'Silent Bob' Gets Booted Off Flight For Being 'Too Fat'

Film director, Kevin Smith is ranting on Twitter after allegedly being removed from an airplane flight because he was "too fat."

Smith, the director of the upcoming Bruce Willis and Tracy Morgan flick "Cop Out," posted a picture of himself on Twitter to vent his frustrations Saturday after allegedly getting tossed off a Southwest Airlines flight.

"I know I'm fat," the 39-year-old wrote via Twitter, "but [were they] really justified in throwing me off a flight for which I was already seated?"

The writer and director of "Clerks" and "Jay & Silent Bob Strike Back" says he was told he was a "safety risk" and was ordered to evacuate the aircraft, just before he was scheduled to fly from Oakland to Burbank.

"I'm way fat," Smith tweeted, "But I'm not THERE just yet. But if I am, why wait til my bag is up, and I'm seated WITH ARM RESTS DOWN. In front of a packed plane with a bunch of folks who'd already I.d.ed me as 'Silent Bob'."

In a statement on their website, Southwest Airlines says arm rests serve "as the boundary between seats and measures 17 inches in width." Smith maintains that he was still within those boundaries, and should not have been required to purchase an extra seat.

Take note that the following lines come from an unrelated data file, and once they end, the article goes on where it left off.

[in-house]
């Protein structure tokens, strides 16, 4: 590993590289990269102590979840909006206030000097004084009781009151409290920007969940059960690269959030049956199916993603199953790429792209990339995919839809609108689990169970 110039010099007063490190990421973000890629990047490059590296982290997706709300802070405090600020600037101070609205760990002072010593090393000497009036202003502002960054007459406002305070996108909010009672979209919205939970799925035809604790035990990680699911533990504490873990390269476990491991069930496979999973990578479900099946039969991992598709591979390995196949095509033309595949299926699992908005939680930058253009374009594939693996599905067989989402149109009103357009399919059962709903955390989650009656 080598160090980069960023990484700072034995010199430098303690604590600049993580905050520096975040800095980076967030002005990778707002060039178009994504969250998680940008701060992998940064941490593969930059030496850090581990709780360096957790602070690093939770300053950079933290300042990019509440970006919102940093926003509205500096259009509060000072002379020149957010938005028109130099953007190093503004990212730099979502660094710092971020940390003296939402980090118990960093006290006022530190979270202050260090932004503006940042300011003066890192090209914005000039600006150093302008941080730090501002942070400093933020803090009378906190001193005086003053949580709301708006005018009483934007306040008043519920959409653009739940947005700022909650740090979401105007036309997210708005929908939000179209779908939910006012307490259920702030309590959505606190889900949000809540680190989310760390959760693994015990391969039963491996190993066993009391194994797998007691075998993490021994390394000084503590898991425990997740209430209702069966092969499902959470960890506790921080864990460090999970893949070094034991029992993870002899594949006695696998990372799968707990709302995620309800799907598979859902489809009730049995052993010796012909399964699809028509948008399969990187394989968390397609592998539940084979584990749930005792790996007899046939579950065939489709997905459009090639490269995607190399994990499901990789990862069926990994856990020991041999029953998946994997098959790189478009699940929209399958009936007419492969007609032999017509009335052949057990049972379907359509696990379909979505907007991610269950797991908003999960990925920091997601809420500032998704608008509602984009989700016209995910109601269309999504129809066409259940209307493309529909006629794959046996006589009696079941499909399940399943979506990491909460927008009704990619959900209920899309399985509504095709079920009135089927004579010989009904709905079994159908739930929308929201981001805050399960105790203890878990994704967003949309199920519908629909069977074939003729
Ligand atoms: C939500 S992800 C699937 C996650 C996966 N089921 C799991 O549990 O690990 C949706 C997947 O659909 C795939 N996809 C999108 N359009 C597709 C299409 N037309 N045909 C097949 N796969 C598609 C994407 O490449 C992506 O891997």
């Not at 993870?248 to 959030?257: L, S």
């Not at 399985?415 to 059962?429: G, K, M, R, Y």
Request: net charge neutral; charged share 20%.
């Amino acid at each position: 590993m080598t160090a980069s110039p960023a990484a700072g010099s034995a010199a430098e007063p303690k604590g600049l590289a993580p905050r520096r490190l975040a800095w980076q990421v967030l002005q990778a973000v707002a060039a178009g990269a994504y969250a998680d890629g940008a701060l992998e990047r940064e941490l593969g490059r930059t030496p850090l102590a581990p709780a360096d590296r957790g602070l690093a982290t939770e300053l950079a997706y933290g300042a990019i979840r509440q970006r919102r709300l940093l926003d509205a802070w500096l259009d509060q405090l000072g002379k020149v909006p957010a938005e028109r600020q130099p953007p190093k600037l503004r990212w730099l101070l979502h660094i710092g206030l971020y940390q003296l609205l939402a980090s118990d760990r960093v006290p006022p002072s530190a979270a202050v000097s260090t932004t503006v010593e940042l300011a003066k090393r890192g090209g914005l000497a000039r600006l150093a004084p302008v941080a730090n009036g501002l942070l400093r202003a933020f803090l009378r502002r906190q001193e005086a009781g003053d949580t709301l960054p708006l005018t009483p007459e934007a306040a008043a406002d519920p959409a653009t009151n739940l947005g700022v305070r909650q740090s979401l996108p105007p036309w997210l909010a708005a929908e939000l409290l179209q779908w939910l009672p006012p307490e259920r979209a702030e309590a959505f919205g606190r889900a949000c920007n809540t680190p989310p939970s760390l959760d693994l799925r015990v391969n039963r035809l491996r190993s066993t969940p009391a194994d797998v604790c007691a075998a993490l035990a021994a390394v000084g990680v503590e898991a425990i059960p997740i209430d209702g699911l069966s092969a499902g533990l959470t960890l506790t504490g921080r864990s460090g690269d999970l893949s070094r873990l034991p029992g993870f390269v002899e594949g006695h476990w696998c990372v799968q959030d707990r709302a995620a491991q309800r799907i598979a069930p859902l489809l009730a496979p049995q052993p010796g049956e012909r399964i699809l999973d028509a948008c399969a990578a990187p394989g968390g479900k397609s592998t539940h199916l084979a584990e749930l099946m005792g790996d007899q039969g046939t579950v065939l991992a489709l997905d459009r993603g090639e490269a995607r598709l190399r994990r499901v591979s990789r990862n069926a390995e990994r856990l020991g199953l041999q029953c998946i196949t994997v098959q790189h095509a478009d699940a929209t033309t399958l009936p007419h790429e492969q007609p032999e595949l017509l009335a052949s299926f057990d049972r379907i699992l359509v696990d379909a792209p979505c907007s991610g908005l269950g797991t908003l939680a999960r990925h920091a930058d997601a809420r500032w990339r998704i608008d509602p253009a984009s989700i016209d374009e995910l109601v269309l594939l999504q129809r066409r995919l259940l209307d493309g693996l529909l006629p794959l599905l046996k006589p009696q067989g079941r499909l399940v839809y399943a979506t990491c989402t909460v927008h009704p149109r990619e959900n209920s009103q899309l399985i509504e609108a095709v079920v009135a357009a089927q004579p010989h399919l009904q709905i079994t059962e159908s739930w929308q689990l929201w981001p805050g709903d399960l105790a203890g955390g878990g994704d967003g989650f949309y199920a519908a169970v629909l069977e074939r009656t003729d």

"I broke no regulation, offered no 'safety risk' (what, was I gonna roll on a fellow passenger?)" he tweeted. "I saw someone bigger than me on THAT flight! But I wasn't about to throw a fellow Fatty under the plane as I'm being profiled. But he & I made eye contact, & he was like 'Please don't tell...'"

Southwest Airlines said Smith had originally purchased two tickets, "as he's been known to do when traveling Southwest," the airline said, but when he decided to fly standby and only one seat remained unoccupied, he was asked to leave.

"If a customer cannot comfortably lower the armrest and infringes on a portion of another seat, a customer seated adjacent would be very uncomfortable and a timely exit from the aircraft in the event of an emergency might be compromised if we allow a cramped, restricted seating arrangement," Southwest said.

Smith, who was offered a $100 voucher by the airline, admitted that he eventually flew Southwest despite the incident.

After landing in Burbank, Smith wrote, "Don't worry: wall of the plane was opened & I was airlifted out while Richard Simmons supervised."

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